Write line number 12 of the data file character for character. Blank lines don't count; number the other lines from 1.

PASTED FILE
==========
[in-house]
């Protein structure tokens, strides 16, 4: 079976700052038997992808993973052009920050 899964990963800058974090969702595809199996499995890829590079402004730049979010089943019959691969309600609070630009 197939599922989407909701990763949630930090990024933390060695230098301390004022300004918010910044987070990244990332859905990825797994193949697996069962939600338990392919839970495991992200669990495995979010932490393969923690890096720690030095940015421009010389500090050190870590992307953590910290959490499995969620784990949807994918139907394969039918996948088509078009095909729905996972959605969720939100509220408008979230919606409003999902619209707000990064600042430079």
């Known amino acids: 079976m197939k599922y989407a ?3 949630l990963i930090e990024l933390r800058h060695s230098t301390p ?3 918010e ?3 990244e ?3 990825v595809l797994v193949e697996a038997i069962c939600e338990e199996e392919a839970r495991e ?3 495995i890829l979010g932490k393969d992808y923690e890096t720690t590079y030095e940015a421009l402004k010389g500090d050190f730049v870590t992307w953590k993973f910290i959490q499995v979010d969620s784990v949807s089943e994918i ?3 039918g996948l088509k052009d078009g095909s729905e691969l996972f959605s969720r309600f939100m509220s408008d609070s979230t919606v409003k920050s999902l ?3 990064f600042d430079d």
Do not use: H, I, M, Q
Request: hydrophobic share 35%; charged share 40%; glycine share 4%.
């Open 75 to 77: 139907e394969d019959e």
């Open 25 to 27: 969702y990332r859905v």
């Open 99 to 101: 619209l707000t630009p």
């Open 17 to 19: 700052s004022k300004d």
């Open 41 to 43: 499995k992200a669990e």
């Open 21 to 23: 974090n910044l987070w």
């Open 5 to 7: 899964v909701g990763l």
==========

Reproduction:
């Open 5 to 7: 899964v909701g990763l």